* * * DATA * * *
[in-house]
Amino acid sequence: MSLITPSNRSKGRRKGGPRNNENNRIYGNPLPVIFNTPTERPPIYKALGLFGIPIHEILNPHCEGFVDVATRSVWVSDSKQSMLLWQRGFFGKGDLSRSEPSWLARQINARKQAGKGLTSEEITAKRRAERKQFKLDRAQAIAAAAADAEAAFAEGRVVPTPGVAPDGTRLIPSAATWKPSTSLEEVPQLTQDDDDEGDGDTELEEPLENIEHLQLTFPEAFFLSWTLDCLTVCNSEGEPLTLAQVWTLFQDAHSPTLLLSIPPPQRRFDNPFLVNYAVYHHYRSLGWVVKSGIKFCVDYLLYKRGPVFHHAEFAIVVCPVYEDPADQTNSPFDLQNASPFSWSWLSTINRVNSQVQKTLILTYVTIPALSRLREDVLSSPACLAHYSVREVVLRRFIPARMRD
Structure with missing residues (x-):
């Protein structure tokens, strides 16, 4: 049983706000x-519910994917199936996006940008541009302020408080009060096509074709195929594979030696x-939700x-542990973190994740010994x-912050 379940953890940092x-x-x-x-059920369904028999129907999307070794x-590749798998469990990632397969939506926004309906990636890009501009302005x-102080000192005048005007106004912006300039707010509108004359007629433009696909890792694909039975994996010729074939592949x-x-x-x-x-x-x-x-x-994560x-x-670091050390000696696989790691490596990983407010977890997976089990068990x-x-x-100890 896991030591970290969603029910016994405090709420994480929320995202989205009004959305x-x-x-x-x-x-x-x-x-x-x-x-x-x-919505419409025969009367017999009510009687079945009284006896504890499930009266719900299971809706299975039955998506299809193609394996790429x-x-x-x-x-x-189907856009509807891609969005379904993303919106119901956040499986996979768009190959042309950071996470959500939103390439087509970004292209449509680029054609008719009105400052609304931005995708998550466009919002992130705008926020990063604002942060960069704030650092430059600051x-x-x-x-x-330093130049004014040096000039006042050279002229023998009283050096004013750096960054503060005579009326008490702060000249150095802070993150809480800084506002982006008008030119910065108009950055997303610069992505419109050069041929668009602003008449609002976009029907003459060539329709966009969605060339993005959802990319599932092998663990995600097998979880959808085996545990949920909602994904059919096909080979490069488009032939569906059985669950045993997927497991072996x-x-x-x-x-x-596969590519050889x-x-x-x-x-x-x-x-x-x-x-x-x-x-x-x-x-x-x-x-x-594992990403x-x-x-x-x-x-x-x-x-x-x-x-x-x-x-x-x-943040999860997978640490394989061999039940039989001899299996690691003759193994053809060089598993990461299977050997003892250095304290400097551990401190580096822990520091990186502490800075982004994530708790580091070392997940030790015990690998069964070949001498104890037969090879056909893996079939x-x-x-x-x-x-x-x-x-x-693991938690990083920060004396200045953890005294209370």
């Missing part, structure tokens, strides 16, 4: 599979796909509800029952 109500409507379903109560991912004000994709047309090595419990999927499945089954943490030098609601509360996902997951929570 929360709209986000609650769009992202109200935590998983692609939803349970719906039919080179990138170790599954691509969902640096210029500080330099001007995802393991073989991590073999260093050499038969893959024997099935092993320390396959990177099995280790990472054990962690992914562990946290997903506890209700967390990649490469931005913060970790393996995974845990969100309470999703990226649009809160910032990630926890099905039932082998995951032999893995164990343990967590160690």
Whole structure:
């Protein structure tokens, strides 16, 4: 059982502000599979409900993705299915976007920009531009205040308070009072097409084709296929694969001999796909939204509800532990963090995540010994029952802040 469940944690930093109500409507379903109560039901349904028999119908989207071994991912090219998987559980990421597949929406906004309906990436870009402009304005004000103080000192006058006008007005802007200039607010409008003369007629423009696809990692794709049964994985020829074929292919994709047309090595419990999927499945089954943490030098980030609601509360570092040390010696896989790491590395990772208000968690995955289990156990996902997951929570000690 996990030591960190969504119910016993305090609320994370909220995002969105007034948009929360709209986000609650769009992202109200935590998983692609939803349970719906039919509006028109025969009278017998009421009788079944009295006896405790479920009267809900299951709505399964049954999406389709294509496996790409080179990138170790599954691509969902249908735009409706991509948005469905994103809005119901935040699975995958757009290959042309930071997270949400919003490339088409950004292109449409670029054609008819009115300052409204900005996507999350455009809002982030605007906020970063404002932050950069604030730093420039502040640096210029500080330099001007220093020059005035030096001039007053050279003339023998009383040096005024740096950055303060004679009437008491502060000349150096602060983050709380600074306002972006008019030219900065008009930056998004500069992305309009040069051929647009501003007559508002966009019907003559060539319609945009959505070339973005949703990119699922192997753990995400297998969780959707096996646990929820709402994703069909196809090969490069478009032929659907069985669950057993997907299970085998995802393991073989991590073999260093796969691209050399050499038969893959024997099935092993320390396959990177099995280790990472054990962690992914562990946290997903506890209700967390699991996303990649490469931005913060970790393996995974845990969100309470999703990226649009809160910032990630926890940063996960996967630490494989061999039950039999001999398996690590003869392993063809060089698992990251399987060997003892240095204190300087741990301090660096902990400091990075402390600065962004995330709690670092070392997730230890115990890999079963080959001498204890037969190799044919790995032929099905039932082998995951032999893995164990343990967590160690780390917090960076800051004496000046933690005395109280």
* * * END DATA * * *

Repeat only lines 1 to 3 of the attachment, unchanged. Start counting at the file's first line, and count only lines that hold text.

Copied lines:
[in-house]
Amino acid sequence: MSLITPSNRSKGRRKGGPRNNENNRIYGNPLPVIFNTPTERPPIYKALGLFGIPIHEILNPHCEGFVDVATRSVWVSDSKQSMLLWQRGFFGKGDLSRSEPSWLARQINARKQAGKGLTSEEITAKRRAERKQFKLDRAQAIAAAAADAEAAFAEGRVVPTPGVAPDGTRLIPSAATWKPSTSLEEVPQLTQDDDDEGDGDTELEEPLENIEHLQLTFPEAFFLSWTLDCLTVCNSEGEPLTLAQVWTLFQDAHSPTLLLSIPPPQRRFDNPFLVNYAVYHHYRSLGWVVKSGIKFCVDYLLYKRGPVFHHAEFAIVVCPVYEDPADQTNSPFDLQNASPFSWSWLSTINRVNSQVQKTLILTYVTIPALSRLREDVLSSPACLAHYSVREVVLRRFIPARMRD
Structure with missing residues (x-):